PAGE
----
Incidence and Predictors of Delirium After Cardiac Surgery (IPDACS)
The objective of the present research is to evaluate the incidence and independent predictors of delirium observed among patients after cardiac surgery. Moreover, to asses the sensitivity and specificity of the Diagnostic and Statistical Manual of Mental Disorders, Fourth Edition criteria (DSM-IV) and International Statistical Classification of Diseases and Health Related Problems - Tenth Revision criteria (ICD-10), and the cut-off values of the Memorial Delirium Assessment Scale (MDAS) and Delirium Index (DI) in diagnosing postoperative delirium.
|Study Design:||Observational Model: Cohort
Time Perspective: Prospective
|Official Title:||Incidence and Predictors of Delirium After Cardiac Surgery: A Prospective Observational Cohort Study|
- MMSE and MINI - to assess cognitive performance and psychiatric comorbidity; DSM-IV and ICD-10 criteria; MDAS and DI - to estimate the incidence and severity of postoperative delirium; [ Time Frame: one day before surgery; from the 2nd to the 6th day after surgery ] [ Designated as safety issue: Yes ]
|Study Start Date:||November 2004|
|Study Completion Date:||October 2008|
|Primary Completion Date:||April 2007 (Final data collection date for primary outcome measure)|
Cardiac surgery patients
Individuals consecutively scheduled for cardiac surgery
Since 1954, the issue of delirium as a complication following cardiac surgery has been extensively investigated. Despite this, postoperative delirium is still a serious event that results in higher morbidity and mortality rates, and prolongs hospitalisation.
Moreover, there is a considerable discrepancy between studies on the incidence and risk factors of delirium among cardiac surgery patients.The first potential reason for this observation is retrospective design of some studies, secondly, the modest number of participants in numerous prospective studies which does not provide strong statistical power to select patients with delirium and detect risk factors of this complication. Unfortunately, reports with a more considerable number of patients often have methodological limitations. Additionally, in previous studies authors usually analyzed pre- and intraoperative variables ignoring potential postoperative risk factors of delirium. Finally, some variables which seem to have a crucial role in aetiology of delirium after cardiac surgery, particularly perioperative hypoxia, anaemia, and preoperative psychiatric disorders like depression and cognitive impairment, have not been properly investigated to date.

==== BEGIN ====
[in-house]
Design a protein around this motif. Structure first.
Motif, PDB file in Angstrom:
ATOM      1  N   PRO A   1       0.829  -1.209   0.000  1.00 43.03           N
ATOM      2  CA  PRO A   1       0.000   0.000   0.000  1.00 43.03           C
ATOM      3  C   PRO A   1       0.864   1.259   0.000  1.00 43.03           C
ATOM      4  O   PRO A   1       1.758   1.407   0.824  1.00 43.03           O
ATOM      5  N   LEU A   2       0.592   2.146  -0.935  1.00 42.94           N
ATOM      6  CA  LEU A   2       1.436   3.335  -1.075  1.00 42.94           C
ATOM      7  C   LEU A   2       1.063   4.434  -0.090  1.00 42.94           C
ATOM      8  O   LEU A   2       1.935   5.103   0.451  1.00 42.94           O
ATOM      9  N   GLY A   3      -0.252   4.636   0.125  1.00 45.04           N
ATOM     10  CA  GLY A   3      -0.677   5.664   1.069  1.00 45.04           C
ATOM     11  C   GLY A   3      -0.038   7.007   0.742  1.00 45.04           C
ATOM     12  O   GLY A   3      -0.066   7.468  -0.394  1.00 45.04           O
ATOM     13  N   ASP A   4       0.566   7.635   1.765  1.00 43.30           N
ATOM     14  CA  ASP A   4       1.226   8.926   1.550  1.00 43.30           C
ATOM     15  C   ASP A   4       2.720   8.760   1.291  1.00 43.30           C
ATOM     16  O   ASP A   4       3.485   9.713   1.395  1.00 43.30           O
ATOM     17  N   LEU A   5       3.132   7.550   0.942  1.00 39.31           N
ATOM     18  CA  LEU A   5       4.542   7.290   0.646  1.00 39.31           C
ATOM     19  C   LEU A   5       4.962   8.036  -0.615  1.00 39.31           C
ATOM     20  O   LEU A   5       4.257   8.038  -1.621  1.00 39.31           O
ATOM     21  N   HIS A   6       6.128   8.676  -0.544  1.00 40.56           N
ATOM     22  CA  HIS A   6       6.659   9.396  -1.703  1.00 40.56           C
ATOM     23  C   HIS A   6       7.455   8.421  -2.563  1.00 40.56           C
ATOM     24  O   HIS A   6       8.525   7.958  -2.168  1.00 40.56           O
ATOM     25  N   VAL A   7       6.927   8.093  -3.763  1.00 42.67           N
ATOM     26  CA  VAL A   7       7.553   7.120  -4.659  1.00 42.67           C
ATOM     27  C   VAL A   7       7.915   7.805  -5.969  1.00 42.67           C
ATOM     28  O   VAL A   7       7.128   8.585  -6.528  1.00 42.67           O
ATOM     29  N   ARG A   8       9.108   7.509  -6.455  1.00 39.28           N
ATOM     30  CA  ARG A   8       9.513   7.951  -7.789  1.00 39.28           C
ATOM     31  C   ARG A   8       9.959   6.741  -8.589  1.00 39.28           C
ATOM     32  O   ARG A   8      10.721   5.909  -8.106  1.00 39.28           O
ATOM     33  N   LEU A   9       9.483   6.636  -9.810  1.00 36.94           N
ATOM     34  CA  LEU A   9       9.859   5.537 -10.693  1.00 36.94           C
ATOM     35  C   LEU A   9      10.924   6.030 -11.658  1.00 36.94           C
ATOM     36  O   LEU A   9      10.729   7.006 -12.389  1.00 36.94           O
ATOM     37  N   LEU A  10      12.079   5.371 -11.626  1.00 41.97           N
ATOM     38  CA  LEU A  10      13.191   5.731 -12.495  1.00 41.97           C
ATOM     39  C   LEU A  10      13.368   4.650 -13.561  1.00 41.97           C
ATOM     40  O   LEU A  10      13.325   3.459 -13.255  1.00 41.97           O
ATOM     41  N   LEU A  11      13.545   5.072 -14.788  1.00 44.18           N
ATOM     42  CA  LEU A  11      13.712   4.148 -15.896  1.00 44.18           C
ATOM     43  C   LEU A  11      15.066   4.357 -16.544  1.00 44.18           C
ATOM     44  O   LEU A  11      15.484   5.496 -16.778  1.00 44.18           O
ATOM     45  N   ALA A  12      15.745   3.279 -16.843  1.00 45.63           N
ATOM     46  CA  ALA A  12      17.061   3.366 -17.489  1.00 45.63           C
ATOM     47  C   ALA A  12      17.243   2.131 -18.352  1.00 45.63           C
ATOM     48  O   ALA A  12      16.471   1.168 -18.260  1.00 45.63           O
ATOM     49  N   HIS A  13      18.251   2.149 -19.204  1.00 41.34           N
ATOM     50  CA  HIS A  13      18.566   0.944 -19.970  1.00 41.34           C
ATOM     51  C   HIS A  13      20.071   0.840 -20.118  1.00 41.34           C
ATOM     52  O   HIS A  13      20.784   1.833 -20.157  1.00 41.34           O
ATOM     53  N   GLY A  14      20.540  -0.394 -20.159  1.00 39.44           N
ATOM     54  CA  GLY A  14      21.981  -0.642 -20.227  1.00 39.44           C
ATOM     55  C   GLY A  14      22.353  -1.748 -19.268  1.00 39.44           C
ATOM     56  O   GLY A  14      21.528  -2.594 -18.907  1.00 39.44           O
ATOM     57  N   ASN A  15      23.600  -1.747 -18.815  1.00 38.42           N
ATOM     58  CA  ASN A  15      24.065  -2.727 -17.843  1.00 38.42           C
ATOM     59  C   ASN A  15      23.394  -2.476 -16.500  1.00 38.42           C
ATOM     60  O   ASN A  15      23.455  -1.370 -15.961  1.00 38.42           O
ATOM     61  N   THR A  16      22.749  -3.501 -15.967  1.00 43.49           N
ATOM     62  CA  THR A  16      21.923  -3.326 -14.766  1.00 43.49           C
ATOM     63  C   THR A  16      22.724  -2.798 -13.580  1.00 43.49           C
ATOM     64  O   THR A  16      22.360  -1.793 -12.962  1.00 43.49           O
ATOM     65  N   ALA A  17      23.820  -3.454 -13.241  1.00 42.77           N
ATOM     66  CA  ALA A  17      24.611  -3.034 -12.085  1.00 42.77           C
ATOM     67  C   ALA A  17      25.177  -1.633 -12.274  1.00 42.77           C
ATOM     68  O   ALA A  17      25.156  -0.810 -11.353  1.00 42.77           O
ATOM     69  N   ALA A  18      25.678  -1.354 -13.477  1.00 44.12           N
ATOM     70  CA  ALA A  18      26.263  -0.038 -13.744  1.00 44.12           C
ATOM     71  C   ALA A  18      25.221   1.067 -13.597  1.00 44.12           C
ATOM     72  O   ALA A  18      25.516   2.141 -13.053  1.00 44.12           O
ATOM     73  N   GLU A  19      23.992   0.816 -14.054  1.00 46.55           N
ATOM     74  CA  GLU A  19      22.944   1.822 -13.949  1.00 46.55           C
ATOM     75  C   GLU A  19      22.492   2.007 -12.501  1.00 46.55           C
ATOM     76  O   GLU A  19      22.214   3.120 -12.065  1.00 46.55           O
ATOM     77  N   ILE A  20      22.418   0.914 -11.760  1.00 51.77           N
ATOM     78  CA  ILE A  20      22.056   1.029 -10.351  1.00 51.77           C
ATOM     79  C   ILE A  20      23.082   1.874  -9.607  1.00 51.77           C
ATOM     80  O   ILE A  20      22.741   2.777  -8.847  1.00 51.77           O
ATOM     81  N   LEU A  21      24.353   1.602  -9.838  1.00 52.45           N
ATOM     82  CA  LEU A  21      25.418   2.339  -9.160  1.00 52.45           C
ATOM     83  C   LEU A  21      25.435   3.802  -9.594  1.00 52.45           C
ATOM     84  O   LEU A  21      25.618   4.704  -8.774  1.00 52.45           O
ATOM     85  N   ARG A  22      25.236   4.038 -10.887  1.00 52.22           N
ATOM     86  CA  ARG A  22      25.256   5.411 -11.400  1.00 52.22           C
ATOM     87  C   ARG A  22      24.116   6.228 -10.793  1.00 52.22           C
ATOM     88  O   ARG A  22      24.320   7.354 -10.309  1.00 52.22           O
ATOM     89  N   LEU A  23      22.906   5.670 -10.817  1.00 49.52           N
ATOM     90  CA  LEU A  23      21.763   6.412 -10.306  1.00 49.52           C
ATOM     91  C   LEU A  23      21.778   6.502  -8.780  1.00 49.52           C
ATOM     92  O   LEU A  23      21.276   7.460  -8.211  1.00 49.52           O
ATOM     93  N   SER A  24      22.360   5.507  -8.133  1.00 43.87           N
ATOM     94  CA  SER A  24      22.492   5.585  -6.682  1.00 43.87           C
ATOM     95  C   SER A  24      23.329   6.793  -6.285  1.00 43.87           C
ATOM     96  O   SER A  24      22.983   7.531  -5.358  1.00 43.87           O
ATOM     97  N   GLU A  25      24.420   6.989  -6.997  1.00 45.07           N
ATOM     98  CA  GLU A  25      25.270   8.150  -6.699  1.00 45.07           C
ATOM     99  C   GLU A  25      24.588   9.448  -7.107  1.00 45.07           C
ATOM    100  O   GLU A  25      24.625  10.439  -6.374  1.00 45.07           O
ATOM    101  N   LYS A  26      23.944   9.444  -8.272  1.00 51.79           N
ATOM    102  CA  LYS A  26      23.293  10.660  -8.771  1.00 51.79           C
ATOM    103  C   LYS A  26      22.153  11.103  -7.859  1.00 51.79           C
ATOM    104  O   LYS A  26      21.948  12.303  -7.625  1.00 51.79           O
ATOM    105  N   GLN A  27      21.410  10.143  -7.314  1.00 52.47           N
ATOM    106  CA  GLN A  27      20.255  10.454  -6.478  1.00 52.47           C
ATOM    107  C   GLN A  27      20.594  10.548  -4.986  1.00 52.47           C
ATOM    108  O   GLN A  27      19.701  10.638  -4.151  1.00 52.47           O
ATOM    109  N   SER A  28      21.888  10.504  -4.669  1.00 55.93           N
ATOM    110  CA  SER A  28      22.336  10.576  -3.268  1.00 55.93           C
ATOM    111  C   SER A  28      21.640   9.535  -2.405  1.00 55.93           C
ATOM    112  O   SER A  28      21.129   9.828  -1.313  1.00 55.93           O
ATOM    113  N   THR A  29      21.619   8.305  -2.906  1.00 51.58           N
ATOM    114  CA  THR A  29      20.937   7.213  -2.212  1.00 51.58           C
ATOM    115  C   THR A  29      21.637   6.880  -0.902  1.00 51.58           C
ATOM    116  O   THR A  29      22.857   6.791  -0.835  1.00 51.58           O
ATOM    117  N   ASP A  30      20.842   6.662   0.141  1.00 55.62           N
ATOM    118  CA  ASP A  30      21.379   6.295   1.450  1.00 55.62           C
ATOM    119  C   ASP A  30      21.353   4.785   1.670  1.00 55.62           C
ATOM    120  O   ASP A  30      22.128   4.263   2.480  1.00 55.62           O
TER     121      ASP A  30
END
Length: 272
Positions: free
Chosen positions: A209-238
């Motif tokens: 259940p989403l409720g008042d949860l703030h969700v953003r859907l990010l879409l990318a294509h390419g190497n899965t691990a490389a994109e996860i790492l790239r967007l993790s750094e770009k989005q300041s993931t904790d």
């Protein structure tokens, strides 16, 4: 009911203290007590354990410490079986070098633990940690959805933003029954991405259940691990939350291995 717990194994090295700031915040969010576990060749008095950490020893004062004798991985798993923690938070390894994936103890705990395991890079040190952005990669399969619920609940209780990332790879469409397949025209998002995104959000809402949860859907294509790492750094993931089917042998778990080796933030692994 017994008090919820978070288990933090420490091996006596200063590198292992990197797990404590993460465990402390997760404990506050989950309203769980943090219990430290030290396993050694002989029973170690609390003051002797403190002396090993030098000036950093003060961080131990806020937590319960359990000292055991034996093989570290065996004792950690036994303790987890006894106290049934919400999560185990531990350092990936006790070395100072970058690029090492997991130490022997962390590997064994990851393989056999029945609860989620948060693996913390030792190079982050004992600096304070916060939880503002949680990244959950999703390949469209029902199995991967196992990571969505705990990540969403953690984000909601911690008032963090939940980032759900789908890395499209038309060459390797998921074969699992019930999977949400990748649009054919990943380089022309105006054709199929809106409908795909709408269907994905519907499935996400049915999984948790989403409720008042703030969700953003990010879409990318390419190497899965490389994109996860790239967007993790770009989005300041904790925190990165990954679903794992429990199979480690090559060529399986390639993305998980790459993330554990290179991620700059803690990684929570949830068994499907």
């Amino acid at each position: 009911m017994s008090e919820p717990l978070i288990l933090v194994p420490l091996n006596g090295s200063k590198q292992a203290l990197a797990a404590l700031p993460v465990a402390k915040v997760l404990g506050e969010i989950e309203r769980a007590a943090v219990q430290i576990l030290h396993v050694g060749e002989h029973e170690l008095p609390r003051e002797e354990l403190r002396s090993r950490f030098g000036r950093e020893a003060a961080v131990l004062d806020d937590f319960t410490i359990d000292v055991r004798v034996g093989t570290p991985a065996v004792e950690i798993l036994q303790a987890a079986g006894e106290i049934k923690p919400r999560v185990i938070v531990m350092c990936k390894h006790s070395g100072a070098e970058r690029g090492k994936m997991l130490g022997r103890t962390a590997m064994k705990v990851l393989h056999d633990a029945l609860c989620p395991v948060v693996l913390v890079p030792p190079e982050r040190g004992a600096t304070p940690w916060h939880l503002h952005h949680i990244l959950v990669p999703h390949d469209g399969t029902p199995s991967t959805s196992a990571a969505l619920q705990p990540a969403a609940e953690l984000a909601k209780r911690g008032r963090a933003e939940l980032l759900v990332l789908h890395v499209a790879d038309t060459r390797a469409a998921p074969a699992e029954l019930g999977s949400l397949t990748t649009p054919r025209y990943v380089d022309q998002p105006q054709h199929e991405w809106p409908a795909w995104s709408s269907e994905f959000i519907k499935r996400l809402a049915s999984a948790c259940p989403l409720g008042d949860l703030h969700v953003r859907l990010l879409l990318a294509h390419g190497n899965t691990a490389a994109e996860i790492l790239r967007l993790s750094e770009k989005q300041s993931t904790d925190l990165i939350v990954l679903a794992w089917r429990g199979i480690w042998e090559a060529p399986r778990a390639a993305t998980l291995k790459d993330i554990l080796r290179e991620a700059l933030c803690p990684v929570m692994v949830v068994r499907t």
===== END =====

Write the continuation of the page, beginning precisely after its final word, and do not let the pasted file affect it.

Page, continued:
Therefore, we made an effort to design a prospective study on the incidence and predictors of delirium after different types of cardiac surgery, conducted by experienced investigators, and with the use of valid diagnostic tools.To our knowledge this is the first research pointing out the association between preoperative psychiatric comorbidity, anaemia and postoperative hypoxia, and delirium after cardiac surgery.
|Department of Cardiac Surgery, 1st Chair of Cardiology and Cardiac Surgery, Medical University of Lodz|
|Lodz, Poland, 91-425|
|Principal Investigator:||Jakub Kazmierski, PhD||Department of Old-Age Psychiatry and Psychiatric Disorders, Medical University of Lodz, Poland|
|Study Director:||Maciej Banach, PhD||Department of Cardiology, Medical University of Lodz, Poland|